It is, however, every bit Schwabe’s album and it is her playing and her compositions that stay with you. I am particularly fond of ‘There once was a Time’ – a fond smile in Bill Evans direction and evocative from start to finish. That such a fine pianist should be so under-recorded is a mystery to me. Thanks to Rattle that may well change. This is an album that Jazz-lovers will play over and over and each time they do they will find something new to delight them.

Anita Schwabe: (piano, compositions), Roger Manins (tenor saxophone), Cameron McArthur (upright bass), Ron Samsom (drums). Released on Rattle

IMG_0441

‘No Dogs Allowed’ is the follow-up to the acclaimed 2015 Jazz Tui winning album ‘Dog’. The earlier album set such a high standard that it was hard to contemplate that offering being improved on. This, however, is not a band to rest on their laurels and the restless creative forces driving their upward trajectory have resulted in another album that feels like a winner. This time around there is an Australian in the mix, as they have added the astonishingly gifted Adelaide guitarist James Muller as a guest. It was a brave move to mess with a winning combination and to expand the quartet to a quintet but anyone who has heard Roger Manins play alongside Muller will know that this addition was always going to work to their advantage.

While Muller has chops to burn and manifests a rare tonal clarity, you will never hear him deploy a note or a phrase needlessly. Here you have five master musicians speaking a common language and communicating at the highest level. Although each is a seasoned veteran and bursting with their own ideas, they harness those energies to the collective and the result is immensely satisfying. It must be hard for gifted musicians to set ego aside this way, but these five did just that.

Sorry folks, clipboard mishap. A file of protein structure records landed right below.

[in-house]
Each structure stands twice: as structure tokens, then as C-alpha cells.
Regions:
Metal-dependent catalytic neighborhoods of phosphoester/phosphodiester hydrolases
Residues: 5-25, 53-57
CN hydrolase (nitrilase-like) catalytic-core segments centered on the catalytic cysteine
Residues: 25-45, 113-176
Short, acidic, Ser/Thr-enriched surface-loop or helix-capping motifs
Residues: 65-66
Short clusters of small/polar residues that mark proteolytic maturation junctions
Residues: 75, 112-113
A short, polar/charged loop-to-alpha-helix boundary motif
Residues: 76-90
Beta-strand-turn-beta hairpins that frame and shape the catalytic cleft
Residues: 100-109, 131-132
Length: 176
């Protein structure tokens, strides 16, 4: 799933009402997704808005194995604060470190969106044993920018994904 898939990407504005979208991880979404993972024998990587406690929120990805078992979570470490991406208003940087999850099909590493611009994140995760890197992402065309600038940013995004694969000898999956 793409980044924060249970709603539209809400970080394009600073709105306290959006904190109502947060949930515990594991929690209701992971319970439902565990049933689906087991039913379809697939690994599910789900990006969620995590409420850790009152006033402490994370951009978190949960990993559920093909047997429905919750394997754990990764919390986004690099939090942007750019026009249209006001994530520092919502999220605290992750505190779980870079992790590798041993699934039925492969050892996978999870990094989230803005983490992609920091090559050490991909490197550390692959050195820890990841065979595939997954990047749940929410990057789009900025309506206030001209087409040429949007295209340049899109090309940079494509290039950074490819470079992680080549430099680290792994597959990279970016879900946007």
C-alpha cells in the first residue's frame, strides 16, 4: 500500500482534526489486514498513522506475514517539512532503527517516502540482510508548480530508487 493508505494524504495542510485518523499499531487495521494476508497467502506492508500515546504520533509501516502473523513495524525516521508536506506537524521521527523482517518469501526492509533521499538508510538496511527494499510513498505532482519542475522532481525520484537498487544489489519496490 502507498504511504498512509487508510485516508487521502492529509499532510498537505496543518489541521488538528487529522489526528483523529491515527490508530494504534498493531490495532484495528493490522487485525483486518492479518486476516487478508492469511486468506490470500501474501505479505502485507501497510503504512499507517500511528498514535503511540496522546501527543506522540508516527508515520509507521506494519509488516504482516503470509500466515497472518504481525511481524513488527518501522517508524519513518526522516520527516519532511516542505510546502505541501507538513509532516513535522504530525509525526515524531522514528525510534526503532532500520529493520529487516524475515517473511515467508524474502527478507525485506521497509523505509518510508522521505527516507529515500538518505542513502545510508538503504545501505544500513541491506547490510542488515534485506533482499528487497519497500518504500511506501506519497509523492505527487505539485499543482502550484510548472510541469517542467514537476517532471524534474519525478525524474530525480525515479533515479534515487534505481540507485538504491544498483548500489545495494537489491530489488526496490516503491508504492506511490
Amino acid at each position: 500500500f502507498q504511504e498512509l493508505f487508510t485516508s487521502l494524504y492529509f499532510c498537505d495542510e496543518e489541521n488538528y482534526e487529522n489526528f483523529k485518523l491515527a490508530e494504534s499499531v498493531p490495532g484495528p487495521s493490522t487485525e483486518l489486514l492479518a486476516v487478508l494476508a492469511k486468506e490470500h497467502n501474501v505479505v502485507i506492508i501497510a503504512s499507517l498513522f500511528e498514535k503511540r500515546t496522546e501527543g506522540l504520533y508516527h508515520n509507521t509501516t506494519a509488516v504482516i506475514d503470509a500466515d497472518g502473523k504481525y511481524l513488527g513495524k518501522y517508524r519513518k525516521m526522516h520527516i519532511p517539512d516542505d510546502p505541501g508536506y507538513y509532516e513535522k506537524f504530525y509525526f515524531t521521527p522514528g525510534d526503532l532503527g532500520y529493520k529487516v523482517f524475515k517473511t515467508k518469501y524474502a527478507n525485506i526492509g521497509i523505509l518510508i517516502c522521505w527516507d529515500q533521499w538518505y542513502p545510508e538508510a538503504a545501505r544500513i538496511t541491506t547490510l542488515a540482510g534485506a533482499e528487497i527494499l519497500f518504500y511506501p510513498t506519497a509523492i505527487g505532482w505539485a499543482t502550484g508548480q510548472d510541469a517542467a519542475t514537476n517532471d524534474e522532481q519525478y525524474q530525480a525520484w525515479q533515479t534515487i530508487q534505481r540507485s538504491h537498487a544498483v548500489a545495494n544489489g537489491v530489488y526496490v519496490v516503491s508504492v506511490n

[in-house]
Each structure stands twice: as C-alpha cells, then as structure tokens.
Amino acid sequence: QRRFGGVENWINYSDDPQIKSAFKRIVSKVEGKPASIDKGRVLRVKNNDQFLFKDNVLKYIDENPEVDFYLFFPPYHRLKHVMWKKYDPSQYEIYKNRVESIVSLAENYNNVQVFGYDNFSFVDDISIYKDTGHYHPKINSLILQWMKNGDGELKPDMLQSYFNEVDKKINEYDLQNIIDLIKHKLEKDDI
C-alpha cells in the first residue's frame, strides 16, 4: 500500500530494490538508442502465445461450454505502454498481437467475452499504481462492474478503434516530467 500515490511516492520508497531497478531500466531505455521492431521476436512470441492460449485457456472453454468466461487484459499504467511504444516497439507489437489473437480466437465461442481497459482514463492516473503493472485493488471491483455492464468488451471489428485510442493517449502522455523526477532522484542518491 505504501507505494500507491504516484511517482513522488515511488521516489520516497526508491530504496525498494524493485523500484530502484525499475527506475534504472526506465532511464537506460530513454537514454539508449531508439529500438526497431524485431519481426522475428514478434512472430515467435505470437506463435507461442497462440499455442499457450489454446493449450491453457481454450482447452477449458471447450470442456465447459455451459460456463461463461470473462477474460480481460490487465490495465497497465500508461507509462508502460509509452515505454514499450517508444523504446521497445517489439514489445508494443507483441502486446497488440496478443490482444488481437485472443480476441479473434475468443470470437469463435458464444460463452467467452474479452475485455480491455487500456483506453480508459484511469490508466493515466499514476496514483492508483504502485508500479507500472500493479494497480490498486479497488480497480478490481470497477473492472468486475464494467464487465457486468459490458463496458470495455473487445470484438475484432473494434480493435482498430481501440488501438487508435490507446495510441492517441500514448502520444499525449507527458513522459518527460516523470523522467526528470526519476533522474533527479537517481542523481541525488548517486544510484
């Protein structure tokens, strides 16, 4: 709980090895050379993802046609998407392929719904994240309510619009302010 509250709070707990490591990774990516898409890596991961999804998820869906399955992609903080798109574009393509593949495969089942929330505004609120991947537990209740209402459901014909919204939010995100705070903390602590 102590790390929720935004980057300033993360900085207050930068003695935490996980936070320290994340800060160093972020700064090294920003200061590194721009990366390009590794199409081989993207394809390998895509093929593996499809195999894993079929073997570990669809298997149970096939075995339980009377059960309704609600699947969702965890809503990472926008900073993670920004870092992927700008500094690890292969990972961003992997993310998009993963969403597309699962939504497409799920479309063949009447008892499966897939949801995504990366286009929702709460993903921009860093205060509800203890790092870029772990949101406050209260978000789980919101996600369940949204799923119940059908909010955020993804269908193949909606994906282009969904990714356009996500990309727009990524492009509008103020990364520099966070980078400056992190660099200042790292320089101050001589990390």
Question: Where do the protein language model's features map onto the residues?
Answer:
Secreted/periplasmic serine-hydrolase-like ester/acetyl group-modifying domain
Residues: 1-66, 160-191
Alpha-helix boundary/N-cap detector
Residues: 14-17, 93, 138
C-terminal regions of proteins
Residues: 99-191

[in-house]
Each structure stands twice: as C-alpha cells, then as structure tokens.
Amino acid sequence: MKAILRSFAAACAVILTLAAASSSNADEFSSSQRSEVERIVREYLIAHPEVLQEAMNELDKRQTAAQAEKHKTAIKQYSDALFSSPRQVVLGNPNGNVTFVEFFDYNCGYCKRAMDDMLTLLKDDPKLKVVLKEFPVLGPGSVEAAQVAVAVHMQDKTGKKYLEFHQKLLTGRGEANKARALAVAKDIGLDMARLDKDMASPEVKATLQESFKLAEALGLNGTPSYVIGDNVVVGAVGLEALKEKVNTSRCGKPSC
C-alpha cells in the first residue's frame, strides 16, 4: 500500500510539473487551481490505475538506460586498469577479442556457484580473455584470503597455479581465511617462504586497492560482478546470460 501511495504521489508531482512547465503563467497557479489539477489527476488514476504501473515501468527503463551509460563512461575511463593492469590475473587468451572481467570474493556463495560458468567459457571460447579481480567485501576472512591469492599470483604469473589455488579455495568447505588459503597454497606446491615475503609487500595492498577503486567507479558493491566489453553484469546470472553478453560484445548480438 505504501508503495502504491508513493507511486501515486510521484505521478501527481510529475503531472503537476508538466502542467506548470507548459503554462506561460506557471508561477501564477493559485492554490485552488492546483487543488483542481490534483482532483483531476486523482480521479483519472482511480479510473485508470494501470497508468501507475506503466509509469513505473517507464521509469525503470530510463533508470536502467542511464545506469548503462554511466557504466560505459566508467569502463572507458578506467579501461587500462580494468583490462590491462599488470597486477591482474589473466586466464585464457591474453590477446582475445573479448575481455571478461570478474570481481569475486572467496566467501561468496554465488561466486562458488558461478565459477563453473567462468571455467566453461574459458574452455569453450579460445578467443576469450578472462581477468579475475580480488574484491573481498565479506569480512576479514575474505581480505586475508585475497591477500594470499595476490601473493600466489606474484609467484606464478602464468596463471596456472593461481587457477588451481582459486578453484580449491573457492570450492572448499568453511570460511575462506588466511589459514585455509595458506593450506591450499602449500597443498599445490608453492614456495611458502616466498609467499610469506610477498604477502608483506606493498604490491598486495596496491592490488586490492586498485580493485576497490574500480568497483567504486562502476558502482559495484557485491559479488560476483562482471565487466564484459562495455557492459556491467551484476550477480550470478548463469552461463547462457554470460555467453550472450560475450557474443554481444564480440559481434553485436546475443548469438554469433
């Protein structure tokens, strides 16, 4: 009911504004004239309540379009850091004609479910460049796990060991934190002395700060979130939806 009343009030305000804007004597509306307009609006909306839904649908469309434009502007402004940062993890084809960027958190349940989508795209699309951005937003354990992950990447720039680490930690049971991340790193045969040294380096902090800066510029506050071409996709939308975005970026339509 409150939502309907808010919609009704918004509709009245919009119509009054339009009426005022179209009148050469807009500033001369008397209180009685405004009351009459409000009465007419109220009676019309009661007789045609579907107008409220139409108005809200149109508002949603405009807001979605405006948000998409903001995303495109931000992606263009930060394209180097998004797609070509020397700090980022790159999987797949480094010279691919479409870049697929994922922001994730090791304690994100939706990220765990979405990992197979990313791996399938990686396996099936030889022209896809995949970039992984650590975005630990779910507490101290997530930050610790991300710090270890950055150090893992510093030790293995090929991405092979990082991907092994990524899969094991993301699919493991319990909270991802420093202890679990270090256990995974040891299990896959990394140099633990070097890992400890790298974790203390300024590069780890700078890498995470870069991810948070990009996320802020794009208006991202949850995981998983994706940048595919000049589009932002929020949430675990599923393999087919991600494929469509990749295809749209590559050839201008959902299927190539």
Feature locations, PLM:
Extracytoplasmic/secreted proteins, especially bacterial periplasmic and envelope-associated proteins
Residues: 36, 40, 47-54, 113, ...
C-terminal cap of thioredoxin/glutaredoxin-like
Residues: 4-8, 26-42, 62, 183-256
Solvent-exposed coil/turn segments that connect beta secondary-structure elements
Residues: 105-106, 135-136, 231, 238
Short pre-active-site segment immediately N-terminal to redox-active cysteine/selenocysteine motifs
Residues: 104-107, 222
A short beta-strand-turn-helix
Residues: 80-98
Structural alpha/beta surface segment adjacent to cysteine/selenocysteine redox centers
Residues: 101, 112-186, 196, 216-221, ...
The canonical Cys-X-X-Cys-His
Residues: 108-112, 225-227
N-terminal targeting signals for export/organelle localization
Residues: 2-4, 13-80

While the album is the perfect example of Jazz as an elevated art form it is never for a moment remote or high brow. As with the 2015 album, the core Dog members shared compositional duties. There are two tunes each from Manins, Field and Holland and three from Samsom. Their contributions are different stylistically but the tracks compliment. Place Manins, Field, Holland and Samsom in a studio and the potion immediately starts to bubble. Add a pinch of Muller and the magical alchemy is complete. When you are confronted with a great bunch of tunes like this and have to pick one it’s hard. In the end, I chose Manins ‘Schwiben Jam’ for its warm embracing groove. The album and particularly this track connects your ears directly to your heart.

The Album is released on Rattle and was recorded in Adelaide at the Wizard Tone Studios.  DOG: Kevin Field (piano and keys), Roger Manins (tenor saxophone), Olivier Holland (upright bass), Ron Samsom (drums) + James Muller (guitar).

 

 

 

Backbeat Bar, CJC Creative Jazz Club gigs, Post Millenium

Watson meets Ward @ Backbeat Bar

Watson & WardIt is not often that you attend a gig where a set list covers such a range of styles but still pays due respect to each. If anyone could pull off such a gig; traversing the heights of Monk, Murray McNabb, Frantz Casseus, Bill Frisell and Ornette Colman it was these two. In lesser hands, the trajectory would have faltered, the items come across as disembodied. Here, the connecting threads, however improbable, made perfect sense. The centre held and the arc of the journey was a joyous adventure. Watson & Ward (1)